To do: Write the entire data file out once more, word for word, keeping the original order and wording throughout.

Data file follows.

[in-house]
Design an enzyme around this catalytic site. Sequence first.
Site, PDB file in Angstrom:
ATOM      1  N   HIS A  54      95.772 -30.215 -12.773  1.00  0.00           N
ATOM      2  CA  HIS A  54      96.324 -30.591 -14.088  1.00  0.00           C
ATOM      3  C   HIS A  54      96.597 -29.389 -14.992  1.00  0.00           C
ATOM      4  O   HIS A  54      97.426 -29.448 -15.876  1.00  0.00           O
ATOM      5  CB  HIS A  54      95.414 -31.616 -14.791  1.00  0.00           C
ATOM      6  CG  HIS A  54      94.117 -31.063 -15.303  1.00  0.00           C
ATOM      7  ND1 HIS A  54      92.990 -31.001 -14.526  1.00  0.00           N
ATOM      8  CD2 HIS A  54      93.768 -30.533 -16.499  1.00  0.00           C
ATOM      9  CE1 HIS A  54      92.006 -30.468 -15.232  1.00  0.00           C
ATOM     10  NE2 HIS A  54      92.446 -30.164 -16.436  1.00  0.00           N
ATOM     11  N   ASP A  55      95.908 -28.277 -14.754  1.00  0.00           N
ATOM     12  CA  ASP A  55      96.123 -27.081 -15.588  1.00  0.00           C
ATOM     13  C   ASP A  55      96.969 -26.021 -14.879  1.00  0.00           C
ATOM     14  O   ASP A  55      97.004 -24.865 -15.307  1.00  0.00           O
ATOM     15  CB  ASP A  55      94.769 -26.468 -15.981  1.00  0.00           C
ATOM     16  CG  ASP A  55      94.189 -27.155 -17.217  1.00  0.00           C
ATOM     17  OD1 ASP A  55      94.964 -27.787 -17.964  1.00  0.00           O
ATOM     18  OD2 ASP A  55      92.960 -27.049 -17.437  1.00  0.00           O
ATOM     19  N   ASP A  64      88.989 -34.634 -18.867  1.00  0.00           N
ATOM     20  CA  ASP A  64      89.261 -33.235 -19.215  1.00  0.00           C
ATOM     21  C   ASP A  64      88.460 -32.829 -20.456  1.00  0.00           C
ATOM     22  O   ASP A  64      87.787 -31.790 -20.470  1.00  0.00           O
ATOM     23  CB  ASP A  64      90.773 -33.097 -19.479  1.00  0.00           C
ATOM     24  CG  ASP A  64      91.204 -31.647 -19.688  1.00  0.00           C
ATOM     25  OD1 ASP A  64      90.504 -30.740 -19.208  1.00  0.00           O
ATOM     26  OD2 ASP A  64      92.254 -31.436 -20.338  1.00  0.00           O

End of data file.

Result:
[in-house]
Design an enzyme around this catalytic site. Sequence first.
Site, PDB file in Angstrom:
ATOM      1  N   HIS A  54      95.772 -30.215 -12.773  1.00  0.00           N
ATOM      2  CA  HIS A  54      96.324 -30.591 -14.088  1.00  0.00           C
ATOM      3  C   HIS A  54      96.597 -29.389 -14.992  1.00  0.00           C
ATOM      4  O   HIS A  54      97.426 -29.448 -15.876  1.00  0.00           O
ATOM      5  CB  HIS A  54      95.414 -31.616 -14.791  1.00  0.00           C
ATOM      6  CG  HIS A  54      94.117 -31.063 -15.303  1.00  0.00           C
ATOM      7  ND1 HIS A  54      92.990 -31.001 -14.526  1.00  0.00           N
ATOM      8  CD2 HIS A  54      93.768 -30.533 -16.499  1.00  0.00           C
ATOM      9  CE1 HIS A  54      92.006 -30.468 -15.232  1.00  0.00           C
ATOM     10  NE2 HIS A  54      92.446 -30.164 -16.436  1.00  0.00           N
ATOM     11  N   ASP A  55      95.908 -28.277 -14.754  1.00  0.00           N
ATOM     12  CA  ASP A  55      96.123 -27.081 -15.588  1.00  0.00           C
ATOM     13  C   ASP A  55      96.969 -26.021 -14.879  1.00  0.00           C
ATOM     14  O   ASP A  55      97.004 -24.865 -15.307  1.00  0.00           O
ATOM     15  CB  ASP A  55      94.769 -26.468 -15.981  1.00  0.00           C
ATOM     16  CG  ASP A  55      94.189 -27.155 -17.217  1.00  0.00           C
ATOM     17  OD1 ASP A  55      94.964 -27.787 -17.964  1.00  0.00           O
ATOM     18  OD2 ASP A  55      92.960 -27.049 -17.437  1.00  0.00           O
ATOM     19  N   ASP A  64      88.989 -34.634 -18.867  1.00  0.00           N
ATOM     20  CA  ASP A  64      89.261 -33.235 -19.215  1.00  0.00           C
ATOM     21  C   ASP A  64      88.460 -32.829 -20.456  1.00  0.00           C
ATOM     22  O   ASP A  64      87.787 -31.790 -20.470  1.00  0.00           O
ATOM     23  CB  ASP A  64      90.773 -33.097 -19.479  1.00  0.00           C
ATOM     24  CG  ASP A  64      91.204 -31.647 -19.688  1.00  0.00           C
ATOM     25  OD1 ASP A  64      90.504 -30.740 -19.208  1.00  0.00           O
ATOM     26  OD2 ASP A  64      92.254 -31.436 -20.338  1.00  0.00           O